This article anticipates doctrinal disorder in domain name disputes as a result of the new generic top-level domains (gTLDs). In the course of the intense and prolonged debate over the possibility of new gTLDs, no one seems to have focused on the conspicuous fact that domain name disputes incorporating new gTLDs will be markedly different from the first-generation domain name disputes under previous gTLDs. Now second-generation disputes will have the added feature of the domain name having a suffix that will likely be a generic word, geographic term, or trademark. This addition is significant. Rather than disputes over mcdonalds.com, we will have disputes over mcdonalds.ancestry. Before these new gTLDs, Uniform Dispute Resolution Procedure (UDRP) panels have routinely ignored the gTLD portion of the domain concluding that the suffix is inconsequential to their determinations of confusing similarity. This approach has already changed. While this change may seem trivial especially in a non-precedential system, the consequence of this change may be profound for trademark owners’ rights on the internet and portend a fundamental shift in how trademarks will be called upon to pick winners and losers in this new land grab.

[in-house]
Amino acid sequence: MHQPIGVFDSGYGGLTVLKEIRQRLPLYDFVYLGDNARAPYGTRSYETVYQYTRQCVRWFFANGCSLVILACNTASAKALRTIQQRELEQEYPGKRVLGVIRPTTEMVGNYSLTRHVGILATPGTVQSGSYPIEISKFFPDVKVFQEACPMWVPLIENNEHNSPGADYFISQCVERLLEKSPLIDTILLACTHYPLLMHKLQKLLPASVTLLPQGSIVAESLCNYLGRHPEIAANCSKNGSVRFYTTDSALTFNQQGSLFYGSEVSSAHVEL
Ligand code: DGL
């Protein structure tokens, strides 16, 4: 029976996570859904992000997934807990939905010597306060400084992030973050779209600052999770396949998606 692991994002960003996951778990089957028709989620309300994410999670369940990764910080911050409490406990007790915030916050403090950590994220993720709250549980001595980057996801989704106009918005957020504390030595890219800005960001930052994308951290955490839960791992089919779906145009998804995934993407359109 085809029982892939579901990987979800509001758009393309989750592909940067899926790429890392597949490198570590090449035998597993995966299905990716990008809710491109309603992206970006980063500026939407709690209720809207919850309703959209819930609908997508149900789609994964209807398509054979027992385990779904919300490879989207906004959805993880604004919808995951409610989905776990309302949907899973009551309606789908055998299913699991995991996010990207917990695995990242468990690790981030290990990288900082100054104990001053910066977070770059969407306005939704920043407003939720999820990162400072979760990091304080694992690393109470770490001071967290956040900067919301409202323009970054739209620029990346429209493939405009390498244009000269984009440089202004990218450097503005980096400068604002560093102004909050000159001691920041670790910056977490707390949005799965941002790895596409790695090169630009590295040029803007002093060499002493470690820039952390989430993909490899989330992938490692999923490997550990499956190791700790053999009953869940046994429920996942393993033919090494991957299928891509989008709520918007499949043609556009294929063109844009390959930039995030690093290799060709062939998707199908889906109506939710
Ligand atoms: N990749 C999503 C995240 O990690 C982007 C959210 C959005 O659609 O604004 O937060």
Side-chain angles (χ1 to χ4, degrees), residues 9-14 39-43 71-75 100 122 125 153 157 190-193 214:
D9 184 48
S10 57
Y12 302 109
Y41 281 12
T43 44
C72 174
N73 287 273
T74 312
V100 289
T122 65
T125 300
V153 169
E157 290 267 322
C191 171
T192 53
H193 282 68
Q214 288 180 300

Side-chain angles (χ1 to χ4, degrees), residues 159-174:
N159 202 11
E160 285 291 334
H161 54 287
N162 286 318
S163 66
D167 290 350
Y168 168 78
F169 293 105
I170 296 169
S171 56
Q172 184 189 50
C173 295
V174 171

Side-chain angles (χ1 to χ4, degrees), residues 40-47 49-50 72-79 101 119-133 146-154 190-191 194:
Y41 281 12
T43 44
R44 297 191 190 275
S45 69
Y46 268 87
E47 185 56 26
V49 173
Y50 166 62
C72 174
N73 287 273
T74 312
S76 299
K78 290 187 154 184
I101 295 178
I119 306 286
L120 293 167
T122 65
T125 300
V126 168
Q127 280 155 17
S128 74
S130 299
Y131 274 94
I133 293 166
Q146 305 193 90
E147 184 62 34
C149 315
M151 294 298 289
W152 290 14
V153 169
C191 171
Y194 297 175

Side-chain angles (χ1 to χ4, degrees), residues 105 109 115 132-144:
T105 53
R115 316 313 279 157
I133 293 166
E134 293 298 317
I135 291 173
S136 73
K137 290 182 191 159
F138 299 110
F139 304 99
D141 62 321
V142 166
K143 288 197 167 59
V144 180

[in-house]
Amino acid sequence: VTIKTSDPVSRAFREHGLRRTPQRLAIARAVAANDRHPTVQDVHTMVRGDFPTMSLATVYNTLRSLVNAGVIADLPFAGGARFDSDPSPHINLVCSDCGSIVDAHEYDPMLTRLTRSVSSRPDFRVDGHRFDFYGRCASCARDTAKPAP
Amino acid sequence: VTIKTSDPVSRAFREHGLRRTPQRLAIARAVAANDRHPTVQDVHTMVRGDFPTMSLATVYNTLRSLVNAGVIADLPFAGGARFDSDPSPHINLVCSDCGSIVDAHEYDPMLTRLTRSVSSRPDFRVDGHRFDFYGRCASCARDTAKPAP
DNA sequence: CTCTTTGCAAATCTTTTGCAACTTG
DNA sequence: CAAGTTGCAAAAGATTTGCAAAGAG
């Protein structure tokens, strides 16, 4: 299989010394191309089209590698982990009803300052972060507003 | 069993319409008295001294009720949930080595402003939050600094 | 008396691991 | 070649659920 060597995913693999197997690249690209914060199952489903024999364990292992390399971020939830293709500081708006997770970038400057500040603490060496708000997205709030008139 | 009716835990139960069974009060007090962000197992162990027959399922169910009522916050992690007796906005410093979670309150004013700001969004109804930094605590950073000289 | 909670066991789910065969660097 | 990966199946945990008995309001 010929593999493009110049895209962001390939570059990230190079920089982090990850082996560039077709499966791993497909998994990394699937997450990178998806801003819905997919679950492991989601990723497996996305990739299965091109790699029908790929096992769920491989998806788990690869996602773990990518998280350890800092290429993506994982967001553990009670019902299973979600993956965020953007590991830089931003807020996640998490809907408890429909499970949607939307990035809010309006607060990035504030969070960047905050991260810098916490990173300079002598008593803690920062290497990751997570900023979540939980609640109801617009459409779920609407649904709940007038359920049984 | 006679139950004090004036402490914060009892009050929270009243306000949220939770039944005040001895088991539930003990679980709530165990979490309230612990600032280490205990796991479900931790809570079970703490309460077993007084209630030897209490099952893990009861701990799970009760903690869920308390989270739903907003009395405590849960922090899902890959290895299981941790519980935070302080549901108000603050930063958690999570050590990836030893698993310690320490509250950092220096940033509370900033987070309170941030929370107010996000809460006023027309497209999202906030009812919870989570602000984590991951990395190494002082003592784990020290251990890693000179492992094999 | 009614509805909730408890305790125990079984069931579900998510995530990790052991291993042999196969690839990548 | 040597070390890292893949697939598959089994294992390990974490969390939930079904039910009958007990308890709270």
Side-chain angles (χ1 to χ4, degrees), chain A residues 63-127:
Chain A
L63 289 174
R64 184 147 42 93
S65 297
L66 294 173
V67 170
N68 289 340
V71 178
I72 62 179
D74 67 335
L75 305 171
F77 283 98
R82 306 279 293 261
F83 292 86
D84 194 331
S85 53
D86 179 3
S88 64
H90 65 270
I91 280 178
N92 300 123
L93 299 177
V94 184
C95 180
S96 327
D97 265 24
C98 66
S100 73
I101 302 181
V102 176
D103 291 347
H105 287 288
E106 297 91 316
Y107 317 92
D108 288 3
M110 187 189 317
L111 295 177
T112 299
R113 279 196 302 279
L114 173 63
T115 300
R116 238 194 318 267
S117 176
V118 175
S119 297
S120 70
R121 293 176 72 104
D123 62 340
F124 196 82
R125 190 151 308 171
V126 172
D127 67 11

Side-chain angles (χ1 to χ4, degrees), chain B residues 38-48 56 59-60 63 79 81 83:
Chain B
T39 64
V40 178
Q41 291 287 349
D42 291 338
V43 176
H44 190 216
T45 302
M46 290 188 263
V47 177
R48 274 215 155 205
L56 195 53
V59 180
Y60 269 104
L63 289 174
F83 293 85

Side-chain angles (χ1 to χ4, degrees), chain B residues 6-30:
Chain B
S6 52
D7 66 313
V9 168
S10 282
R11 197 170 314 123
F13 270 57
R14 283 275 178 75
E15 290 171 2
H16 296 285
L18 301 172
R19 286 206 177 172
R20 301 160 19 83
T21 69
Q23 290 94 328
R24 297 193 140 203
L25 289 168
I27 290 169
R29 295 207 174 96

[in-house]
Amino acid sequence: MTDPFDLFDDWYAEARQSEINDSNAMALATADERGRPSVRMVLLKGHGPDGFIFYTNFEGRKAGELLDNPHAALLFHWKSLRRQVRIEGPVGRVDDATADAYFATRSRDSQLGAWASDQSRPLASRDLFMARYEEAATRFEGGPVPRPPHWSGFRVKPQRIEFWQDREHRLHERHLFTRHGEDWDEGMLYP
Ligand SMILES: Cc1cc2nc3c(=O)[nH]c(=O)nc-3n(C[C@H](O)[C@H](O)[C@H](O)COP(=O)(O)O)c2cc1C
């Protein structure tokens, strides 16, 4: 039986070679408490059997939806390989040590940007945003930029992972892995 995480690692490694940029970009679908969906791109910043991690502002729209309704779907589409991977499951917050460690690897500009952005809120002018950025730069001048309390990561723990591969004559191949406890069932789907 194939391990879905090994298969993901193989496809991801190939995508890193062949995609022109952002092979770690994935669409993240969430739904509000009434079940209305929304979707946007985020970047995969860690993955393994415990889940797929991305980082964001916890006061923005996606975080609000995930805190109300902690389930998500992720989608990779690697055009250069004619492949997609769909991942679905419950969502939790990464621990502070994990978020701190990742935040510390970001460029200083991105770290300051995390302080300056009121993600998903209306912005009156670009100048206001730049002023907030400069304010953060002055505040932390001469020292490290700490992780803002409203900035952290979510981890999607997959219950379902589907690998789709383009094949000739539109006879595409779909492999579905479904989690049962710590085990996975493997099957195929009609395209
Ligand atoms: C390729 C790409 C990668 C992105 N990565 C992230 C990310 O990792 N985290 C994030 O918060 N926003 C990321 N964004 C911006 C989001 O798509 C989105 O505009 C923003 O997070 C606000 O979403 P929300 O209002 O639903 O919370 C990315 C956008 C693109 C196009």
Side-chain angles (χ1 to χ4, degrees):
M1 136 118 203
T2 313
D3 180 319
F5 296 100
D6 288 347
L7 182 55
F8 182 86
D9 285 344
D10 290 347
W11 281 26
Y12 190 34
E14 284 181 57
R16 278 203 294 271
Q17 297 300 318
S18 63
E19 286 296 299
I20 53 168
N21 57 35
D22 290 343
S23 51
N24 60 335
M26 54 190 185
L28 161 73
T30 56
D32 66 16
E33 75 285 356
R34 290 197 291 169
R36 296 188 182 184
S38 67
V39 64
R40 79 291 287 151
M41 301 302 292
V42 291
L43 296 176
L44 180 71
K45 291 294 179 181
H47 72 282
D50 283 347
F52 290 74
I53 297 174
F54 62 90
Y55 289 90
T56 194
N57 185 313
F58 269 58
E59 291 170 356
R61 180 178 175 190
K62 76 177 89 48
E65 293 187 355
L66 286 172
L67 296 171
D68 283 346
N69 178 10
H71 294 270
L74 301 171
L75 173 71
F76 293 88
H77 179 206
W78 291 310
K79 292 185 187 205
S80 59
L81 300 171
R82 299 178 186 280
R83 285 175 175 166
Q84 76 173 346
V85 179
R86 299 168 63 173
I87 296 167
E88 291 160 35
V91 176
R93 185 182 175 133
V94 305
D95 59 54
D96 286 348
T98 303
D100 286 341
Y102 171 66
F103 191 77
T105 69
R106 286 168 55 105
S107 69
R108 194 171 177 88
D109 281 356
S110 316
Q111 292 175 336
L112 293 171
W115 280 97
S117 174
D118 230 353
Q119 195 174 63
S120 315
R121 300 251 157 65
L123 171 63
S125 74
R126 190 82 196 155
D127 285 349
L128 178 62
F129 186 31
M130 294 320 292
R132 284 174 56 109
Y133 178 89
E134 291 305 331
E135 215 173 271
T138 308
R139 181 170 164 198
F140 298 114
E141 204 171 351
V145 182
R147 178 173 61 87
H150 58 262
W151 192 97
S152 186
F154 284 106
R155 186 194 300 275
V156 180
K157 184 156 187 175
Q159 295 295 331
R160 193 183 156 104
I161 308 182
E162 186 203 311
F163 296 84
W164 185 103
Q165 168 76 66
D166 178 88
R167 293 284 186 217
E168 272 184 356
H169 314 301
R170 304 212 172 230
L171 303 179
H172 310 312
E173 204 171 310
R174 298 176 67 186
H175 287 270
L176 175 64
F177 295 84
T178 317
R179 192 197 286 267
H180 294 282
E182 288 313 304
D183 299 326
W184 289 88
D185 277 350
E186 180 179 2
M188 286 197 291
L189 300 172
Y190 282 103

Farley, Christine Haight, Confusing the Similarity of Trademark Law in Domain Name Disputes (June 13, 2019). 52 Akron Law Review 657 (2019).